In the last few days, I have stumbled across the blog of a kindred naturalist, armed with a camera.
Birds Nest Fungi
on the forest floor
Gaye, from the Hunter Valley, has been blogging for a little while now, and she has some excellent photos of fungi, and plants and lizards, and insects, and, and, and.
I have posted a permanent link to her blog in the side bar, under my "My Favourite Sites", and also another link to her Hunter Valley Fungi Blog - under the heading of Fungi Reference Sites. Both sites are well worth a look,
and keep them bookmarked for future reference (or save as "favourites").
Close up of the "eggs"
(peridioles) in the "nest"
I came across her Blog while searching for other photos of the Bird's Nest Fungus. I went back with David today to see if we could trigger the tiny little "eggs" (peridioles) to get splashed out of their nests (the way the books say they spread their spores about). However, we could not trigger them.
These particular fungi were fairly old, judging by the fact that nearly all the "nests" were empty. If I find another group of these fungi, I shall have another "go". My friends, Roy and Joan actually have had these fungi come up in pot plants on their back verandah. Easier to experiment with those, (if they come up again this year) than doing what I did today, searching for some time to "re-find" these few Birds Nest Fungi in the bush.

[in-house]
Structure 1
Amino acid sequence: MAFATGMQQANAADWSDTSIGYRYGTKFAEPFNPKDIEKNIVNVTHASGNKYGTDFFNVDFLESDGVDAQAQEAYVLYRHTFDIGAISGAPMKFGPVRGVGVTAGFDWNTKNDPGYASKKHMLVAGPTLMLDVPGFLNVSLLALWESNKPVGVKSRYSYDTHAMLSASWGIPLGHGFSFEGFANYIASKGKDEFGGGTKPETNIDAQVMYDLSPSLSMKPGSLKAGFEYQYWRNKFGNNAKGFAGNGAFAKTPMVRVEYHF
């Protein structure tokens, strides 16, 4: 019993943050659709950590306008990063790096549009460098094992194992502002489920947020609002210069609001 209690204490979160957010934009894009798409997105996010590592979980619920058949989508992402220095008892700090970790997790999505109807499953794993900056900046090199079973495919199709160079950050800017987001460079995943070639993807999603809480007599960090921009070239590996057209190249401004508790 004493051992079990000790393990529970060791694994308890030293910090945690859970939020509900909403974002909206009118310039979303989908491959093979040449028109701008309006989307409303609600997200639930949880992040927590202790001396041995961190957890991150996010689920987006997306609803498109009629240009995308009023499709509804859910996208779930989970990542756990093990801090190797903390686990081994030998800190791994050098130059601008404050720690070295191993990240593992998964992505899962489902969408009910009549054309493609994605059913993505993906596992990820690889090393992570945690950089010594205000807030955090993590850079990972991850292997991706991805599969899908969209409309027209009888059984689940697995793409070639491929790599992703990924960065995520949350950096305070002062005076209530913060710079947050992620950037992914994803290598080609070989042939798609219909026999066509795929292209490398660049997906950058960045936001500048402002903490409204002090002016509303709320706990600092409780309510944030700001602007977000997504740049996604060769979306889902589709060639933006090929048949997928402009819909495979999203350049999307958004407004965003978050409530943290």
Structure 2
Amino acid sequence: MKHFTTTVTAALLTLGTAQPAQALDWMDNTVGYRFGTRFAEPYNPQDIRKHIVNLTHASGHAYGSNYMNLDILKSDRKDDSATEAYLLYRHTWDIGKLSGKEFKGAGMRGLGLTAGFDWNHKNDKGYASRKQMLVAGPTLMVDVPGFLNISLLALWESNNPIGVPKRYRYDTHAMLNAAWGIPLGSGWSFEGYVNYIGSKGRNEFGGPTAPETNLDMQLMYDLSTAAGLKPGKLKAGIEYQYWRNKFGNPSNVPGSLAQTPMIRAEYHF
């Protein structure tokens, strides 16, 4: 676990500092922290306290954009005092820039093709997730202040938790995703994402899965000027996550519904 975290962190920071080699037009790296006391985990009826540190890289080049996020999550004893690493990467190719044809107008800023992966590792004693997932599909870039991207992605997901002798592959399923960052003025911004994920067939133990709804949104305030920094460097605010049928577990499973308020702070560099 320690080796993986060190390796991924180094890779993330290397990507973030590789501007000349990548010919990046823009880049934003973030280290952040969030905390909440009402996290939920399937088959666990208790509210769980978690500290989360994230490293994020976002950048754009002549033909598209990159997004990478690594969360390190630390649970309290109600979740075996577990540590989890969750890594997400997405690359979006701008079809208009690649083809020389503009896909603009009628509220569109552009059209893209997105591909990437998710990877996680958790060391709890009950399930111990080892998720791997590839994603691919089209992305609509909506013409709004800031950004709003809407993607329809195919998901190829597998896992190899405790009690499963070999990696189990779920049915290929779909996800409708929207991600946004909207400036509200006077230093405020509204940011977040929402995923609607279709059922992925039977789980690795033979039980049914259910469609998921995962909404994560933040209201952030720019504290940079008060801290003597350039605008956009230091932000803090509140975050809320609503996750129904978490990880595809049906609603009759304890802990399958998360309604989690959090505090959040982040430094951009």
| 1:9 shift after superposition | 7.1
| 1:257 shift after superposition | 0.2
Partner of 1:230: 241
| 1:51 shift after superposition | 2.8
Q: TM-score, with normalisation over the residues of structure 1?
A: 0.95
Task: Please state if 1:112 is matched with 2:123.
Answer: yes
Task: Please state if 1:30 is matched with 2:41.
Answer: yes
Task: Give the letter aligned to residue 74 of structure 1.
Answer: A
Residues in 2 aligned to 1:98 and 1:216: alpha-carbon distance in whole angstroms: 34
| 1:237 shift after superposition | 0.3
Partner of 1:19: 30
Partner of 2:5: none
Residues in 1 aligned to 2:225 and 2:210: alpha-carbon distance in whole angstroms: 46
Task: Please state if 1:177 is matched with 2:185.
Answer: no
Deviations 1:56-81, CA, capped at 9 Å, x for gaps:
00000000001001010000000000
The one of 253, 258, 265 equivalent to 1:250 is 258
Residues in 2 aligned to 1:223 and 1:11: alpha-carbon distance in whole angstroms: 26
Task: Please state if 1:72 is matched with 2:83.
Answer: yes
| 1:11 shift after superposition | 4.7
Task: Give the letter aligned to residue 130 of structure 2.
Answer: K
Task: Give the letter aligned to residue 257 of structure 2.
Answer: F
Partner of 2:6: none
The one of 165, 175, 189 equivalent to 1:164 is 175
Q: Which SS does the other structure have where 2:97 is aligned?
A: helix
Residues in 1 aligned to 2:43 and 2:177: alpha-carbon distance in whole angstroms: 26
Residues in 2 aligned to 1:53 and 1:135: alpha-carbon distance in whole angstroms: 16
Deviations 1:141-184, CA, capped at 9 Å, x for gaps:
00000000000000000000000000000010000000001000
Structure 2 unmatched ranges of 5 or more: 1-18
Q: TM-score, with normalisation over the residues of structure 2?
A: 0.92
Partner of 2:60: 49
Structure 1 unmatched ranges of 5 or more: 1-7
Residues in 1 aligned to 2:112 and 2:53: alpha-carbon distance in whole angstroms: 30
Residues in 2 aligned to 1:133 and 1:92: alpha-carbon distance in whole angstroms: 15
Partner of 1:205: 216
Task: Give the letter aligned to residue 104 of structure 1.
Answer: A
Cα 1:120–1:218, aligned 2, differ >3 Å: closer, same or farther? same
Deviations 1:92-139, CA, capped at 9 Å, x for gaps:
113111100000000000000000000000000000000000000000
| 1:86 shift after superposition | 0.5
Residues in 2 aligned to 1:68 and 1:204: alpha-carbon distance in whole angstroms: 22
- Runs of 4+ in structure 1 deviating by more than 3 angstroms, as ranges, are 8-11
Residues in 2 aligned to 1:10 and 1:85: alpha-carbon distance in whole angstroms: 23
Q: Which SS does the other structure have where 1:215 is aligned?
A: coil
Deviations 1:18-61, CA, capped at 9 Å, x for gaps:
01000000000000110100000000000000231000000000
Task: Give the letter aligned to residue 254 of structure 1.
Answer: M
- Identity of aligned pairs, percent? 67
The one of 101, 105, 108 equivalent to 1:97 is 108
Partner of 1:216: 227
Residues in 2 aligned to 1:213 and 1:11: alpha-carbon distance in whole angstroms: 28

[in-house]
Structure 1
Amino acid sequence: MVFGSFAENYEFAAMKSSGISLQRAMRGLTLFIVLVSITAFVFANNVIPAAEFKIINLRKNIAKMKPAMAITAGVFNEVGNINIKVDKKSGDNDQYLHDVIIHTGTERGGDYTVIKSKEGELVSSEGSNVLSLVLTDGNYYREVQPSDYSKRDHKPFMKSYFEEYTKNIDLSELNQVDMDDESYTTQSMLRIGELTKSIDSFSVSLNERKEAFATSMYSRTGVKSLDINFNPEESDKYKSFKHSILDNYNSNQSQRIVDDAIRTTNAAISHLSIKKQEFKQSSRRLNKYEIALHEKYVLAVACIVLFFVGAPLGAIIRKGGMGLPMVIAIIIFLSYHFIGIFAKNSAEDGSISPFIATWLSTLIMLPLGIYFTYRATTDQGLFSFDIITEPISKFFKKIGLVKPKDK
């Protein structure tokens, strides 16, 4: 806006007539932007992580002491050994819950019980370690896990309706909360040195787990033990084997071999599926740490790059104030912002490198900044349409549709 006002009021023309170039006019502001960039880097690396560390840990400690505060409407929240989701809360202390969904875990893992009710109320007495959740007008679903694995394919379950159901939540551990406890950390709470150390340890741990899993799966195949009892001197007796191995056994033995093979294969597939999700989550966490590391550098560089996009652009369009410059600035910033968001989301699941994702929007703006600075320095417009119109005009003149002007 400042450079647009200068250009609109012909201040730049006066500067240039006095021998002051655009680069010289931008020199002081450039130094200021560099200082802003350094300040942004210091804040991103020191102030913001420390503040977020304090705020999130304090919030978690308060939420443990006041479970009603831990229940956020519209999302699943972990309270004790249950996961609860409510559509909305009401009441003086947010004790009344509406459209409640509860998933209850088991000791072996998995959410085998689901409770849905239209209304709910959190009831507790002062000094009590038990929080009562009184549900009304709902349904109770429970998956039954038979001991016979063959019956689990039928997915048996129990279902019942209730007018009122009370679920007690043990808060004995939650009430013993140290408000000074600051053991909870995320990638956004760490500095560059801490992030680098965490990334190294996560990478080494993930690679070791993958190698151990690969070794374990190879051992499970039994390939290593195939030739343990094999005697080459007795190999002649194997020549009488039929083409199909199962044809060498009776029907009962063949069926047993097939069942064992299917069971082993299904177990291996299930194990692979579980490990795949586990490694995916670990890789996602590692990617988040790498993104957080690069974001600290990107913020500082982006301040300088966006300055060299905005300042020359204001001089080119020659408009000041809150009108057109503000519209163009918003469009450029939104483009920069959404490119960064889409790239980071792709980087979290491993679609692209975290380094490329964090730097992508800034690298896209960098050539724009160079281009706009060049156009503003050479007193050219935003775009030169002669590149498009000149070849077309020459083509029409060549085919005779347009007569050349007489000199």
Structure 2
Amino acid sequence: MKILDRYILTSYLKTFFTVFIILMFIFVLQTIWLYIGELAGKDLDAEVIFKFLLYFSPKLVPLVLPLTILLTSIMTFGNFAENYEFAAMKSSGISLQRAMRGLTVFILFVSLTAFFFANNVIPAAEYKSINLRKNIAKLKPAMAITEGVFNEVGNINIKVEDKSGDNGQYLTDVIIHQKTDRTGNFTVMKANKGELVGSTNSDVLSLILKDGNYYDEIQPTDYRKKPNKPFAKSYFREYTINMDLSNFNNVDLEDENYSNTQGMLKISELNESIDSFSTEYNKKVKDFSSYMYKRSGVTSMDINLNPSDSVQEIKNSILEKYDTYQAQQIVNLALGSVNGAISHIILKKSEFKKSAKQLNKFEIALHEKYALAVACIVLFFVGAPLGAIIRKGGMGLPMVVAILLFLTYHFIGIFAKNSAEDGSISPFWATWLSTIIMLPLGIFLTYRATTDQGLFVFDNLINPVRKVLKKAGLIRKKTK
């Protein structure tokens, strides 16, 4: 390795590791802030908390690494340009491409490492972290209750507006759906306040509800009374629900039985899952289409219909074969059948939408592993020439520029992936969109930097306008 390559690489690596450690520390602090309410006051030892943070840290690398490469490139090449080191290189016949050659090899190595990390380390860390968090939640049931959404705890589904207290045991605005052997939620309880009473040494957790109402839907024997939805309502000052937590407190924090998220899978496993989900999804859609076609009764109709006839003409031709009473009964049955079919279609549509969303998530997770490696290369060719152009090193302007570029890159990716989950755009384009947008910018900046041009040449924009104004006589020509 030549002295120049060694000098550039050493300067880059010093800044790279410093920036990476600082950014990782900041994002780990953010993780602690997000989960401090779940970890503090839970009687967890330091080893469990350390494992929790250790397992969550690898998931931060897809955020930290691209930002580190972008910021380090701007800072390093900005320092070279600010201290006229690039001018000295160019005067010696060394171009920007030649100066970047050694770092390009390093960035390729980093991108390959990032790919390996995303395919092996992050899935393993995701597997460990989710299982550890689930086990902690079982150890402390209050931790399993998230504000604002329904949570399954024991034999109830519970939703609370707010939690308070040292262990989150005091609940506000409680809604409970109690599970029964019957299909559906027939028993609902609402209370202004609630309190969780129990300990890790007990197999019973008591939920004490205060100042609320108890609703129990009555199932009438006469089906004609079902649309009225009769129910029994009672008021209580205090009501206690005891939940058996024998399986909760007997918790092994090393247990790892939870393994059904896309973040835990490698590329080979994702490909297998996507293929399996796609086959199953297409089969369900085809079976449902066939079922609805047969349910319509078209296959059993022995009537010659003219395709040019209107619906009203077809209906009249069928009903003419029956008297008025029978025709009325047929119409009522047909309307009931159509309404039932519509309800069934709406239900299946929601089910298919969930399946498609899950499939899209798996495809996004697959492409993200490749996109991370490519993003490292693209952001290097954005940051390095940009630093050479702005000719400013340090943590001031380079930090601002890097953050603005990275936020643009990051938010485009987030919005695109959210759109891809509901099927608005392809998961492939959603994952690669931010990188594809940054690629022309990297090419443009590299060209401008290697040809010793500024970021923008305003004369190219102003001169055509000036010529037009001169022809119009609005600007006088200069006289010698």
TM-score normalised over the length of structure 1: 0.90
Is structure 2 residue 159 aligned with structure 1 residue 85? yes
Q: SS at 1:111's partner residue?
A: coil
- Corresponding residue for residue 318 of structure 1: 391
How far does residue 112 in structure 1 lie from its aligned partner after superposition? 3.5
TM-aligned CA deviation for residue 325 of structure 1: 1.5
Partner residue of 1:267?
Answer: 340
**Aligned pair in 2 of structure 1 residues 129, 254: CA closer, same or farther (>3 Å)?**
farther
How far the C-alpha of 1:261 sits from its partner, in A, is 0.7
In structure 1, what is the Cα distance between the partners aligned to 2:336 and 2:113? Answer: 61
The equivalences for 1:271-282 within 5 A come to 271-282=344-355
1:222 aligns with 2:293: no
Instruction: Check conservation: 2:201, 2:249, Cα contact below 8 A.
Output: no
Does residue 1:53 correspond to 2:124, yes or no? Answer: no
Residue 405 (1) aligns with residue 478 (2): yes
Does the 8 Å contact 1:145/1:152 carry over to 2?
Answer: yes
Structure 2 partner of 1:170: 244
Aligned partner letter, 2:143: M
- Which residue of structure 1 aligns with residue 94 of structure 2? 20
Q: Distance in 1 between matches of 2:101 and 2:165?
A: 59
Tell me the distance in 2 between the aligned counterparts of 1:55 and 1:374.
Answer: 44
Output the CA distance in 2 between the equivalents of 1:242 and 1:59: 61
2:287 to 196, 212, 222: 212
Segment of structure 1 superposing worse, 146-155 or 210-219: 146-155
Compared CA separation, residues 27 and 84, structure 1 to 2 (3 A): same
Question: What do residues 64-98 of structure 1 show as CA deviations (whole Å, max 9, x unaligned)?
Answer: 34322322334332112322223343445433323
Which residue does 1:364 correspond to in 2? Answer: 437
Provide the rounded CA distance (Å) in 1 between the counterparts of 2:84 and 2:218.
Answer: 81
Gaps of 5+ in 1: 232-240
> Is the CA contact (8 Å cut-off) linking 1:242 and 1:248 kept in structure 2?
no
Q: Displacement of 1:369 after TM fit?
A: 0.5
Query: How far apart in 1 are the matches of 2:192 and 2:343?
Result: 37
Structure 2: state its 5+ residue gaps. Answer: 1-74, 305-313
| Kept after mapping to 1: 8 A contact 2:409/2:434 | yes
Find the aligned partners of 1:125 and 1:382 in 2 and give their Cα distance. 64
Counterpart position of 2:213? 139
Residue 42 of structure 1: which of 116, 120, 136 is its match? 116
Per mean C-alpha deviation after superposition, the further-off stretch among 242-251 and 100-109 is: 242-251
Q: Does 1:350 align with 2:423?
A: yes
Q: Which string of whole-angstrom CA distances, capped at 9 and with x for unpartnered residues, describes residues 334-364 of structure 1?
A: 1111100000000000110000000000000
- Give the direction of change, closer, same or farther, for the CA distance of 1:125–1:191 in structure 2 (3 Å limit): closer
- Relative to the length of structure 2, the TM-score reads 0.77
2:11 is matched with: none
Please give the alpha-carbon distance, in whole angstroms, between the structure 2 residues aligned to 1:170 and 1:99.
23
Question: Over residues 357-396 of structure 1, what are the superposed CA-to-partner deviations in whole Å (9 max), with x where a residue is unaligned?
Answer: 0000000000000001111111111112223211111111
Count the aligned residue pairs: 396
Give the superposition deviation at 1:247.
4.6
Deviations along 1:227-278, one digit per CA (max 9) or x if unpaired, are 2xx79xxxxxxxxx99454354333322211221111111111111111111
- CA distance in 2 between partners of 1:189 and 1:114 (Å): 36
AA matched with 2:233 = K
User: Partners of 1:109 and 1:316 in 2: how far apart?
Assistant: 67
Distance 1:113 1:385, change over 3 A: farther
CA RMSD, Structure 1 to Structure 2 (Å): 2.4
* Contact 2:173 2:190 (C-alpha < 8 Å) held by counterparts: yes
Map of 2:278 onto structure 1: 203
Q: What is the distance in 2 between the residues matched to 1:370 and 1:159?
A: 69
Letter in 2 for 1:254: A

Those tiny fungi (above) are smaller than a thimble to fit my littlest finger.
Doodia species ???
They were growing amongst a large area of Fishbone Ferns (possibly Doodia sp) in a section of forest which was "burnt off" last year. Hard to find, even when you know they are there somewhere. Talk about looking for a "needle in a haystack". It makes me wonder how I found them in the first place.
Tips of the frond and
distinctive spore pattern
underneath the fronds
I am not experienced in identifying ferns, but from a quick check of some reference books, these ferns are possibly a Doodia species. Forgive me if I refer to them as "Fishbone Ferns" (an imprecise layman's name), but from the shape of the fronds you can see why I use that name.
Any hints from visitors to the site would be appreciated, as I am always keen to learn.
This patch of ferns is growing strongly in an area which was burnt off last year. They are regrowth from old woody rhizomes which lie flat on the ground.